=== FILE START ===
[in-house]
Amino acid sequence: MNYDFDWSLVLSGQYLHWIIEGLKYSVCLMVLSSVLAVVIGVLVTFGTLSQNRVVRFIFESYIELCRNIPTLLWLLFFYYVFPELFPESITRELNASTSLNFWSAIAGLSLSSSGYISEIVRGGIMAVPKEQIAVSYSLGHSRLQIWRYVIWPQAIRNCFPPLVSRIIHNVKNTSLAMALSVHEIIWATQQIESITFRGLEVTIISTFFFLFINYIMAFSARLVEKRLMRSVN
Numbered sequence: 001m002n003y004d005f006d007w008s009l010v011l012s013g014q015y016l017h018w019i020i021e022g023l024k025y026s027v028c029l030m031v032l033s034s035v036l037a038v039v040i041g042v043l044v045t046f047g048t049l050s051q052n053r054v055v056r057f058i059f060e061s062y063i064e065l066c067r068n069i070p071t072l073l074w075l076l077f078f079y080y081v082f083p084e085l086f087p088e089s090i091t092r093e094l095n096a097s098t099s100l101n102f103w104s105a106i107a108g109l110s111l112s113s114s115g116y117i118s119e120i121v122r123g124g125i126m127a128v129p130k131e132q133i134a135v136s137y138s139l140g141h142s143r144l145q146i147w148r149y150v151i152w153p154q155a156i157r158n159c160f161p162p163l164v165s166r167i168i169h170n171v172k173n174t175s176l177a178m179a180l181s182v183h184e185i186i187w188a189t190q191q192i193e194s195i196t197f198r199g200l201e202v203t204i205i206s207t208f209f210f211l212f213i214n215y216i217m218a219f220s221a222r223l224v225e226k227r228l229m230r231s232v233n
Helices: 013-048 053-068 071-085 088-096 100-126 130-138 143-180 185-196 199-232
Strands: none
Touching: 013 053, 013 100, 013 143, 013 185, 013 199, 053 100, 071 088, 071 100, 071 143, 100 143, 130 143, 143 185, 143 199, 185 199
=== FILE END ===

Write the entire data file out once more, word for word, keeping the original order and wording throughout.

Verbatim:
[in-house]
Amino acid sequence: MNYDFDWSLVLSGQYLHWIIEGLKYSVCLMVLSSVLAVVIGVLVTFGTLSQNRVVRFIFESYIELCRNIPTLLWLLFFYYVFPELFPESITRELNASTSLNFWSAIAGLSLSSSGYISEIVRGGIMAVPKEQIAVSYSLGHSRLQIWRYVIWPQAIRNCFPPLVSRIIHNVKNTSLAMALSVHEIIWATQQIESITFRGLEVTIISTFFFLFINYIMAFSARLVEKRLMRSVN
Numbered sequence: 001m002n003y004d005f006d007w008s009l010v011l012s013g014q015y016l017h018w019i020i021e022g023l024k025y026s027v028c029l030m031v032l033s034s035v036l037a038v039v040i041g042v043l044v045t046f047g048t049l050s051q052n053r054v055v056r057f058i059f060e061s062y063i064e065l066c067r068n069i070p071t072l073l074w075l076l077f078f079y080y081v082f083p084e085l086f087p088e089s090i091t092r093e094l095n096a097s098t099s100l101n102f103w104s105a106i107a108g109l110s111l112s113s114s115g116y117i118s119e120i121v122r123g124g125i126m127a128v129p130k131e132q133i134a135v136s137y138s139l140g141h142s143r144l145q146i147w148r149y150v151i152w153p154q155a156i157r158n159c160f161p162p163l164v165s166r167i168i169h170n171v172k173n174t175s176l177a178m179a180l181s182v183h184e185i186i187w188a189t190q191q192i193e194s195i196t197f198r199g200l201e202v203t204i205i206s207t208f209f210f211l212f213i214n215y216i217m218a219f220s221a222r223l224v225e226k227r228l229m230r231s232v233n
Helices: 013-048 053-068 071-085 088-096 100-126 130-138 143-180 185-196 199-232
Strands: none
Touching: 013 053, 013 100, 013 143, 013 185, 013 199, 053 100, 071 088, 071 100, 071 143, 100 143, 130 143, 143 185, 143 199, 185 199